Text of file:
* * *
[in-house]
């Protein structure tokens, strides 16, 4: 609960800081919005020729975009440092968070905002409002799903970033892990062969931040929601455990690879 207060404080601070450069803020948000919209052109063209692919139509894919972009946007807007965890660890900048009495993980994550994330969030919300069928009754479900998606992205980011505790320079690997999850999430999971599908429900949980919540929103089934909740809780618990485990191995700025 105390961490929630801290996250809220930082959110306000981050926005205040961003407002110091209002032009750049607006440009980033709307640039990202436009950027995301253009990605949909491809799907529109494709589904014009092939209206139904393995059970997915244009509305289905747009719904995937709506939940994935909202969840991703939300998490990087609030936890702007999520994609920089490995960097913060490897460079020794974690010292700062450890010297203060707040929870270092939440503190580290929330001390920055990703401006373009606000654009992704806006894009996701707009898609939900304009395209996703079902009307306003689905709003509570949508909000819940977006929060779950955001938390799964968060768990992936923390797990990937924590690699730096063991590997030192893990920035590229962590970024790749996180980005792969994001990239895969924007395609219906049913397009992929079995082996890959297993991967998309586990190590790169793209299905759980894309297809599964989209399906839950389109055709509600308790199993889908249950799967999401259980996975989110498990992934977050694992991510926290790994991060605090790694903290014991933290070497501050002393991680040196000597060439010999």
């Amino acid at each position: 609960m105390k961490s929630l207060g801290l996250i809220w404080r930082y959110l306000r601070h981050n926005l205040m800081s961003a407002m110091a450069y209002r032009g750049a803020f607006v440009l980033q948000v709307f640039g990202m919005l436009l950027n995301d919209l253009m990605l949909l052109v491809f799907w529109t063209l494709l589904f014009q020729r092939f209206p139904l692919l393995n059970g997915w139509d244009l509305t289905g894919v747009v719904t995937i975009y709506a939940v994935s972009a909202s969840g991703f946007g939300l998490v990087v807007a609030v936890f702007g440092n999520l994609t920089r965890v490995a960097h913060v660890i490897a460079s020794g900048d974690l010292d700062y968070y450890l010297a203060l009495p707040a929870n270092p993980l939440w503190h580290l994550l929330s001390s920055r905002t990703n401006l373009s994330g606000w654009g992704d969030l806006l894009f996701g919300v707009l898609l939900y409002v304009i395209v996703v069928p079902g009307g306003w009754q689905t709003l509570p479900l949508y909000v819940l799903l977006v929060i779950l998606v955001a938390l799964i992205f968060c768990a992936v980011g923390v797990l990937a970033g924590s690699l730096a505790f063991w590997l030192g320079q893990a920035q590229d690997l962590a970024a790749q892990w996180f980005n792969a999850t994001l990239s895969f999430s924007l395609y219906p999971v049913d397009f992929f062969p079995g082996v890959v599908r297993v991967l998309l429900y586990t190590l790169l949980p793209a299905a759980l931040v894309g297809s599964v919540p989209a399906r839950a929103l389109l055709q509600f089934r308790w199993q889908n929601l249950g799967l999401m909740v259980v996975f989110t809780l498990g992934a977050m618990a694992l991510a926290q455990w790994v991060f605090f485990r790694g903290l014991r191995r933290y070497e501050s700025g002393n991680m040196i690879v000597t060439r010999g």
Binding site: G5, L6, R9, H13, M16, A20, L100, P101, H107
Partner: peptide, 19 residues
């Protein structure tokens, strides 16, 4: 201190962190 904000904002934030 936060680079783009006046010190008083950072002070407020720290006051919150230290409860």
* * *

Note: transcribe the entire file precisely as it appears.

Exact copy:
[in-house]
């Protein structure tokens, strides 16, 4: 609960800081919005020729975009440092968070905002409002799903970033892990062969931040929601455990690879 207060404080601070450069803020948000919209052109063209692919139509894919972009946007807007965890660890900048009495993980994550994330969030919300069928009754479900998606992205980011505790320079690997999850999430999971599908429900949980919540929103089934909740809780618990485990191995700025 105390961490929630801290996250809220930082959110306000981050926005205040961003407002110091209002032009750049607006440009980033709307640039990202436009950027995301253009990605949909491809799907529109494709589904014009092939209206139904393995059970997915244009509305289905747009719904995937709506939940994935909202969840991703939300998490990087609030936890702007999520994609920089490995960097913060490897460079020794974690010292700062450890010297203060707040929870270092939440503190580290929330001390920055990703401006373009606000654009992704806006894009996701707009898609939900304009395209996703079902009307306003689905709003509570949508909000819940977006929060779950955001938390799964968060768990992936923390797990990937924590690699730096063991590997030192893990920035590229962590970024790749996180980005792969994001990239895969924007395609219906049913397009992929079995082996890959297993991967998309586990190590790169793209299905759980894309297809599964989209399906839950389109055709509600308790199993889908249950799967999401259980996975989110498990992934977050694992991510926290790994991060605090790694903290014991933290070497501050002393991680040196000597060439010999």
């Amino acid at each position: 609960m105390k961490s929630l207060g801290l996250i809220w404080r930082y959110l306000r601070h981050n926005l205040m800081s961003a407002m110091a450069y209002r032009g750049a803020f607006v440009l980033q948000v709307f640039g990202m919005l436009l950027n995301d919209l253009m990605l949909l052109v491809f799907w529109t063209l494709l589904f014009q020729r092939f209206p139904l692919l393995n059970g997915w139509d244009l509305t289905g894919v747009v719904t995937i975009y709506a939940v994935s972009a909202s969840g991703f946007g939300l998490v990087v807007a609030v936890f702007g440092n999520l994609t920089r965890v490995a960097h913060v660890i490897a460079s020794g900048d974690l010292d700062y968070y450890l010297a203060l009495p707040a929870n270092p993980l939440w503190h580290l994550l929330s001390s920055r905002t990703n401006l373009s994330g606000w654009g992704d969030l806006l894009f996701g919300v707009l898609l939900y409002v304009i395209v996703v069928p079902g009307g306003w009754q689905t709003l509570p479900l949508y909000v819940l799903l977006v929060i779950l998606v955001a938390l799964i992205f968060c768990a992936v980011g923390v797990l990937a970033g924590s690699l730096a505790f063991w590997l030192g320079q893990a920035q590229d690997l962590a970024a790749q892990w996180f980005n792969a999850t994001l990239s895969f999430s924007l395609y219906p999971v049913d397009f992929f062969p079995g082996v890959v599908r297993v991967l998309l429900y586990t190590l790169l949980p793209a299905a759980l931040v894309g297809s599964v919540p989209a399906r839950a929103l389109l055709q509600f089934r308790w199993q889908n929601l249950g799967l999401m909740v259980v996975f989110t809780l498990g992934a977050m618990a694992l991510a926290q455990w790994v991060f605090f485990r790694g903290l014991r191995r933290y070497e501050s700025g002393n991680m040196i690879v000597t060439r010999g």
Binding site: G5, L6, R9, H13, M16, A20, L100, P101, H107
Partner: peptide, 19 residues
């Protein structure tokens, strides 16, 4: 201190962190 904000904002934030 936060680079783009006046010190008083950072002070407020720290006051919150230290409860």